I can't agree more with Starbucks2 that the maternity leave laws in HK need to change to allow women to be able to choose to spend more time with their newborns without fearing losing their jobs. I am extremely lucky to work for an Australian company in this regard.

  4. #12
    HappyV is offline Registered User
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    The 10 weeks maternity leave causes so many health problems for women and children in HK: it's not enough time to recover from a C-section, physically or mentally; it's not enough time to establish good breastfeeding (and is one reason why we have such a low breastfeeding rate); and it's certainly not enough time for a family to settle into theor new life (i.e. older children getting used to the baby before mum goes back to work).

    Flexi time!

    I agree that women need more information than what the HK medical profession likes to give.

    I've had two emergency CS - both for medical reasons after high risk pregnancies - so I have no qualms about my births.

  5. #13
    AndreaY is offline Registered User
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    Quote Originally Posted by thanka2 View Post
    Hence the word "misinformation"--it comes in all sorts of packages--and the underlying assumption that girds up (pun intended) the overuse of c-sections is the myth that they are no big deal physically. The truth is a c-section is a major abdominal surgery that carries with it a greater risk to mother and baby than most situations associated with vaginal birth. Yes, women make the choice to have elective c-sections for all sorts of reasons. In my opinion, most of them do not justify such a procedure but at any rate, as I said, these two sites provide some more information to consider for those considering an elective c-section.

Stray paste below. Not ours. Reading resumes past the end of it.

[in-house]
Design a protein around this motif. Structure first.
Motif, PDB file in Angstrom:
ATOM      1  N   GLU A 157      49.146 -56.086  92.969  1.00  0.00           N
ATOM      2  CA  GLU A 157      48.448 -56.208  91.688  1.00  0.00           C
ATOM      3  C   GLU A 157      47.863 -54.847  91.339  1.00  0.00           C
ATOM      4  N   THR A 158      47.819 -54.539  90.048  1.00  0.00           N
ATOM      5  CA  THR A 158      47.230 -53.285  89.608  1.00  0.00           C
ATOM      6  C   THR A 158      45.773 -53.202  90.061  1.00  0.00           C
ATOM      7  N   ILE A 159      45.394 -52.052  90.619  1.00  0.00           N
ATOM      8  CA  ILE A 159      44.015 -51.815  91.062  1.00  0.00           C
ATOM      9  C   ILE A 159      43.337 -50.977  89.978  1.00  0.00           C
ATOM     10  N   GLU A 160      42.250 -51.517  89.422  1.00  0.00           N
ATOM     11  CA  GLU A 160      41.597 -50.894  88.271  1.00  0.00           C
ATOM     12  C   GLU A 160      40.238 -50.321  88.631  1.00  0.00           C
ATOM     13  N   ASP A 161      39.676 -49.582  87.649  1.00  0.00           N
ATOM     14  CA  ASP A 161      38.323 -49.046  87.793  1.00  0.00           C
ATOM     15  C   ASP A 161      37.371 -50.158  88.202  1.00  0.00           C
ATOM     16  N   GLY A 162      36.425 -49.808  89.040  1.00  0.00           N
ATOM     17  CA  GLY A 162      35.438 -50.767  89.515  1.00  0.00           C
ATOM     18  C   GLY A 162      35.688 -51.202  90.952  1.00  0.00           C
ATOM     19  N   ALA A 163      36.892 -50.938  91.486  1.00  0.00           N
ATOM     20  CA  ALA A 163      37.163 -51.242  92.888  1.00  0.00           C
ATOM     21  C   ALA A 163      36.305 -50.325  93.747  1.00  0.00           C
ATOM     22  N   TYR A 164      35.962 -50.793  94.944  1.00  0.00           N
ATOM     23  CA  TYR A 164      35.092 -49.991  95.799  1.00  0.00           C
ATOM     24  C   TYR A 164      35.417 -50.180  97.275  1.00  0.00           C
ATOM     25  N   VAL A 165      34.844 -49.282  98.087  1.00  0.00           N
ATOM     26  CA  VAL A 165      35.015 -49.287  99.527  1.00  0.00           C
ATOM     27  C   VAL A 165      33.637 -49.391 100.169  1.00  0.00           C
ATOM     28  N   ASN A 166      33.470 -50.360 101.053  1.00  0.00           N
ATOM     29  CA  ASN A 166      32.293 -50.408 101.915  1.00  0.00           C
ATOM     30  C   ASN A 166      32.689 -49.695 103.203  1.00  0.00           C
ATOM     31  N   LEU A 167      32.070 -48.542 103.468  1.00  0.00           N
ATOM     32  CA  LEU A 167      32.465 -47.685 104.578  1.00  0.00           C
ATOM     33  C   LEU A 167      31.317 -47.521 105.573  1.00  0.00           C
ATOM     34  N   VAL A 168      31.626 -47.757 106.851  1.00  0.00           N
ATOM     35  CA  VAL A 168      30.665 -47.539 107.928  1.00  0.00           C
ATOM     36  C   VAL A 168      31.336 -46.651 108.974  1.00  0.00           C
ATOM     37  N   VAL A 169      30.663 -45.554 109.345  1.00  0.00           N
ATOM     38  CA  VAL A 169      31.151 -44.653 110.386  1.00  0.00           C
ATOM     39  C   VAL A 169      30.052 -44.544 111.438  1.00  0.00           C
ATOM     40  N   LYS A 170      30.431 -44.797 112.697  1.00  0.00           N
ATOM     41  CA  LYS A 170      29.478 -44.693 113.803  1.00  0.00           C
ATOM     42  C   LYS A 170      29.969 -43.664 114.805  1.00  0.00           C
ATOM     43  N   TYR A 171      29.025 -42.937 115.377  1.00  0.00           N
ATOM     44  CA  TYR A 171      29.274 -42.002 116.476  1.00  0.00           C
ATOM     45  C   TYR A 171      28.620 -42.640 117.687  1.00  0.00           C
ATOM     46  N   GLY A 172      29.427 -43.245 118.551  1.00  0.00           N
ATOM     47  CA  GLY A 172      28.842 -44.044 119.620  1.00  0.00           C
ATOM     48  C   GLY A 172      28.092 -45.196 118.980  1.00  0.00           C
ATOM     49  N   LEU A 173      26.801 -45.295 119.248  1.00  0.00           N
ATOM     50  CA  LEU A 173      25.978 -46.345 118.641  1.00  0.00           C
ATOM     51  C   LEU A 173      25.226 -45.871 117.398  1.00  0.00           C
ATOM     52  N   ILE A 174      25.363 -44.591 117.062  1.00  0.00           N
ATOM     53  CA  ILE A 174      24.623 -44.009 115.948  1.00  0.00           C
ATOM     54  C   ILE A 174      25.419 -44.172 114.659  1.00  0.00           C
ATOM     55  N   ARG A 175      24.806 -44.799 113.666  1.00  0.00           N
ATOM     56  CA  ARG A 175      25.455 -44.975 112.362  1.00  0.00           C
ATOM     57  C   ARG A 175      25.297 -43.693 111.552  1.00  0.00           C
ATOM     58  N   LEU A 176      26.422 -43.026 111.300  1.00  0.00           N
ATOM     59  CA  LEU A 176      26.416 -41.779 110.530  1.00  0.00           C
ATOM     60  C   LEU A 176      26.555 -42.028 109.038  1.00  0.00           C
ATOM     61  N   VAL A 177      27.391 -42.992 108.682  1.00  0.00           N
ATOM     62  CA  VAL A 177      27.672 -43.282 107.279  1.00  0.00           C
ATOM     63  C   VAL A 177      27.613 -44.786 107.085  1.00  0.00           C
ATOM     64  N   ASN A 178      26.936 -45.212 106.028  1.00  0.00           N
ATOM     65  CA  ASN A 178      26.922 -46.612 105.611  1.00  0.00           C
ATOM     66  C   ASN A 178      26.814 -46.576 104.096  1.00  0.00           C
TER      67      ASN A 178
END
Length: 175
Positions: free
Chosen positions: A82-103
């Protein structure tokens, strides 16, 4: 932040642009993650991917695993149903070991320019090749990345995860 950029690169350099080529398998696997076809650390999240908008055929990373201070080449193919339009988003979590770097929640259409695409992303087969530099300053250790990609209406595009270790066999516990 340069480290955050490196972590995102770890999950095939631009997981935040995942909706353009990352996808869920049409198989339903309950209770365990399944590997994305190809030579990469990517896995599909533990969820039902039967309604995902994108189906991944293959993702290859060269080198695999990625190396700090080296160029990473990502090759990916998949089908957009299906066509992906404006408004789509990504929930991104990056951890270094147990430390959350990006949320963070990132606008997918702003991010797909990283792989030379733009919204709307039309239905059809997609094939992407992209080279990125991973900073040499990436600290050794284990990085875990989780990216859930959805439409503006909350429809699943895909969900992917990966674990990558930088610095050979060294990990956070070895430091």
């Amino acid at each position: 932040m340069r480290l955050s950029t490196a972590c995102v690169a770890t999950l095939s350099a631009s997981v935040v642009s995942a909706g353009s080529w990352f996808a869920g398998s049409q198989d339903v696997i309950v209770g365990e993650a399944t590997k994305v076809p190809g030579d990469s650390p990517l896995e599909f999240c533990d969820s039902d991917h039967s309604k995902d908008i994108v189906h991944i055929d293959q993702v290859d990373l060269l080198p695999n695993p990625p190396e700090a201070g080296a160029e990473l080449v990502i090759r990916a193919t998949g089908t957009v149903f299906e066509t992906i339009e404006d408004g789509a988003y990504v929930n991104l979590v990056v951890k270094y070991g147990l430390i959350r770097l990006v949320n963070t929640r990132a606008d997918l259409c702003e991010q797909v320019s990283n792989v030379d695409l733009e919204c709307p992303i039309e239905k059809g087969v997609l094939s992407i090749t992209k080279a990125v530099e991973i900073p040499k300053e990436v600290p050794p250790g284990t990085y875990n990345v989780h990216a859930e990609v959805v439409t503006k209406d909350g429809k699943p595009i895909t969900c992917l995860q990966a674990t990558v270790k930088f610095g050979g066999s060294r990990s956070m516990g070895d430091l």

I read one of the articles and the blame of "unnecesarean" was mostly on obs. I was merely pointing out that there are lots more reasons that some women choose c-section and it has not much to do with the coercion of the obs. It is a personal choice and it does not mean they were "misinformed" in any way. I chose 2 natural births with no epidurals, but that does not mean I am more informed and chose better than those who chose otherwise.

    I personally am not a believer of fung shiu/chinese fortune telling, but to those who believe, it's like religion (the argument of it being thousands and thousands of years of study). But dismissing someone's following of ancient chinese beliefs as "misinformation" is a little condescending.

    I also know of situations where the mothers decided to have elective c-section on public holidays, cos that's when the husbands do not have to work and can also be there. That's a sad result of the tough hong kong work environment, but it's reality for some.

    If I have another, I would definitely go for natural again, but for my cousin who had 1 emergency and 1 elective c-section, I think she would have things to say about the "Yes, women make the choice to have elective c-sections for all sorts of reasons. In my opinion, most of them do not justify such a procedure".